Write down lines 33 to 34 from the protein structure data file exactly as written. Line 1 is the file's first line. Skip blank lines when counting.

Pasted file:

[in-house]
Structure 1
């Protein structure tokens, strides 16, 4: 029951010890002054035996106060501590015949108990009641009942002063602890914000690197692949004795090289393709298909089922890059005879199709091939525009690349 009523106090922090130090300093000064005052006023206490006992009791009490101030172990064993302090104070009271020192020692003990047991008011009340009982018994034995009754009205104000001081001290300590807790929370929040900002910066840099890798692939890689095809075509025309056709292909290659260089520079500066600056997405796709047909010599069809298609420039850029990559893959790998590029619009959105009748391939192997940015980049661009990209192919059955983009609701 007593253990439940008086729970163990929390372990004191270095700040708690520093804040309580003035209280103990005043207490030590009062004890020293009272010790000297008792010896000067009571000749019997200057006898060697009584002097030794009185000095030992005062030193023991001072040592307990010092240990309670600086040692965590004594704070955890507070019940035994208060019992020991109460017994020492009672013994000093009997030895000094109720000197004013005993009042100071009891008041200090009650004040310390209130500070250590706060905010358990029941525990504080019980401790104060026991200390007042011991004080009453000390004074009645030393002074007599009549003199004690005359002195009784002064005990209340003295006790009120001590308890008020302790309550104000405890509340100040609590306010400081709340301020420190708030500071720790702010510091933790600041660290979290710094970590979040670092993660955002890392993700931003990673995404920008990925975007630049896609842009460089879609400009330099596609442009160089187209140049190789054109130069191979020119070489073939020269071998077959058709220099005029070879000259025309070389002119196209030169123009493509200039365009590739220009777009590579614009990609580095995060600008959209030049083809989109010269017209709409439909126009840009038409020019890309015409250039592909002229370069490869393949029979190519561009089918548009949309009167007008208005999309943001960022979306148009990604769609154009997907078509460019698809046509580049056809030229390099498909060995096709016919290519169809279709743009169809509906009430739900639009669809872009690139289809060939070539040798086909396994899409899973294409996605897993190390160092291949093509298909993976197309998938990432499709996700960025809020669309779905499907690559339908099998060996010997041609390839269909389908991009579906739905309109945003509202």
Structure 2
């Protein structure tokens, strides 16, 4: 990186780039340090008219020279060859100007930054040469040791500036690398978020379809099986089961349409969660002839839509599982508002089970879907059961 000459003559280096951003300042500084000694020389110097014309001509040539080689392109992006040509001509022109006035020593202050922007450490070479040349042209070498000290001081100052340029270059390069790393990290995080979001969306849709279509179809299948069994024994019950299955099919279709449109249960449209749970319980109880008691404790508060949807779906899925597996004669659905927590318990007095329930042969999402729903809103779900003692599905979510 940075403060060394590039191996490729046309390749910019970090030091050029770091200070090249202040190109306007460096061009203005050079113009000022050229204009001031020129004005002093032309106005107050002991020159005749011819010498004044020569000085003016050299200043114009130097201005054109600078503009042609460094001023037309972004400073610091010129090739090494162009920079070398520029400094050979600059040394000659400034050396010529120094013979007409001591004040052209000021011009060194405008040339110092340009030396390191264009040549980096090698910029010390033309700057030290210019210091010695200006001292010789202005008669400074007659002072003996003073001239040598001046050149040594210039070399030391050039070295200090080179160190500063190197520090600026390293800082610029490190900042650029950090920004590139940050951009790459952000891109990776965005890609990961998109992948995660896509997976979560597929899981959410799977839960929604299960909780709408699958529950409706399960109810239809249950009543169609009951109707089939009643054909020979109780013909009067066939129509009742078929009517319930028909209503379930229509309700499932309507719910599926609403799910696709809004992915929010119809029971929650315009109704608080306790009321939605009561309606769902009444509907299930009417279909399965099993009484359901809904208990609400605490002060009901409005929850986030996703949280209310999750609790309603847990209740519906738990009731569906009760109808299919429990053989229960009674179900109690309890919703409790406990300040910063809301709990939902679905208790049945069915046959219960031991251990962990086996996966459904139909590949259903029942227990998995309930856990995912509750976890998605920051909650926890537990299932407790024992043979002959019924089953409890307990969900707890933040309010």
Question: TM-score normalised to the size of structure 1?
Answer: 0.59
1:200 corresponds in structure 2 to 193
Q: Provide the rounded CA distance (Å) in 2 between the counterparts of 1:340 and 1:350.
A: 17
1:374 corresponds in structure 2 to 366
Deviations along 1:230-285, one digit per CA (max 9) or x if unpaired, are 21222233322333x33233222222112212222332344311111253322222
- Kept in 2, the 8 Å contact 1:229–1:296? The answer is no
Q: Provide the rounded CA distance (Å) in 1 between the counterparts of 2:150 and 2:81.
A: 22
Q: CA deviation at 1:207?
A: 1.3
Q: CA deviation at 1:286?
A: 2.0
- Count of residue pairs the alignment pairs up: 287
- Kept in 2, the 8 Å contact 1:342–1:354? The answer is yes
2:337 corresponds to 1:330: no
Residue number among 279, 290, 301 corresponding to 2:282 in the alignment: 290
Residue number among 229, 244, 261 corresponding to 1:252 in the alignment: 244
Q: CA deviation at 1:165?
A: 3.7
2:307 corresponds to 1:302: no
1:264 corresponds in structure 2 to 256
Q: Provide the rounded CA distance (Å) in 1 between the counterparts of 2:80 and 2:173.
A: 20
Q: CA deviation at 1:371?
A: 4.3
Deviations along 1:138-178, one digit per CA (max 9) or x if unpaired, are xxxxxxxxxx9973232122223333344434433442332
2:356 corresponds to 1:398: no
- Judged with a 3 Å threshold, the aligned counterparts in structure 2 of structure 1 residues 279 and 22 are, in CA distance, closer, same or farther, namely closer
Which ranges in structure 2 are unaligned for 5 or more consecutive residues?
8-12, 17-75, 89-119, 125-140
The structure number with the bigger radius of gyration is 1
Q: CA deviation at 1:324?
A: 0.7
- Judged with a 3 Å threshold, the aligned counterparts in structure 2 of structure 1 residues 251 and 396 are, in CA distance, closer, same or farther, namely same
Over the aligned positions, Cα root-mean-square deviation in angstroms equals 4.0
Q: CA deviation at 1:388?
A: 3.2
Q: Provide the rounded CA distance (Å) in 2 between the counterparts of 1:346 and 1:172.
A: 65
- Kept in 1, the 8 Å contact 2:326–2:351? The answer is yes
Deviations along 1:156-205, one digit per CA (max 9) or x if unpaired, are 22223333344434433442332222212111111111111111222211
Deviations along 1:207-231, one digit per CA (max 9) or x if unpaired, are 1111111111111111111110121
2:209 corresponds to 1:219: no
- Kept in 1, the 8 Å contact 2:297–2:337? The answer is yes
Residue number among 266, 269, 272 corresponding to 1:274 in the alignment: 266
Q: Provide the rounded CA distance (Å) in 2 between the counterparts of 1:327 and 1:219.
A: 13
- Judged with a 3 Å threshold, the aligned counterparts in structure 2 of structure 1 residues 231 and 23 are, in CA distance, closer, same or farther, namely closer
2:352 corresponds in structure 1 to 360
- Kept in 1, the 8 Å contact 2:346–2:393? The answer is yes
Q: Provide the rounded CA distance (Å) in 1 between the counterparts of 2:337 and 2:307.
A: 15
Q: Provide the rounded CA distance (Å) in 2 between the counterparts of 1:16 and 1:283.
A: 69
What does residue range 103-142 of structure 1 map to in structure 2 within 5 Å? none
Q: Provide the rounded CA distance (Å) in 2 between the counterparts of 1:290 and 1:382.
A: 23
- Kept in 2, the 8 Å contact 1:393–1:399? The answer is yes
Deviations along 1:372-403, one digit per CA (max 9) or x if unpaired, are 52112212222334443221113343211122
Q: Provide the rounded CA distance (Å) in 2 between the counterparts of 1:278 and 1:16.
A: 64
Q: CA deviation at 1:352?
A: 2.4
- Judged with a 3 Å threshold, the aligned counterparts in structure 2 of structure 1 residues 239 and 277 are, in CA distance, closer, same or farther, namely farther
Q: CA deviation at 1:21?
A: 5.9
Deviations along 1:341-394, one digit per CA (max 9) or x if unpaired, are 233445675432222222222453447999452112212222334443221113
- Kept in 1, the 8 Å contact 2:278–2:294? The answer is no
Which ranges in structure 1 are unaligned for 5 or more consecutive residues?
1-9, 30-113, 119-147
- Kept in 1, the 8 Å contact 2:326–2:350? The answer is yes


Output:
Deviations along 1:138-178, one digit per CA (max 9) or x if unpaired, are xxxxxxxxxx9973232122223333344434433442332
2:356 corresponds to 1:398: no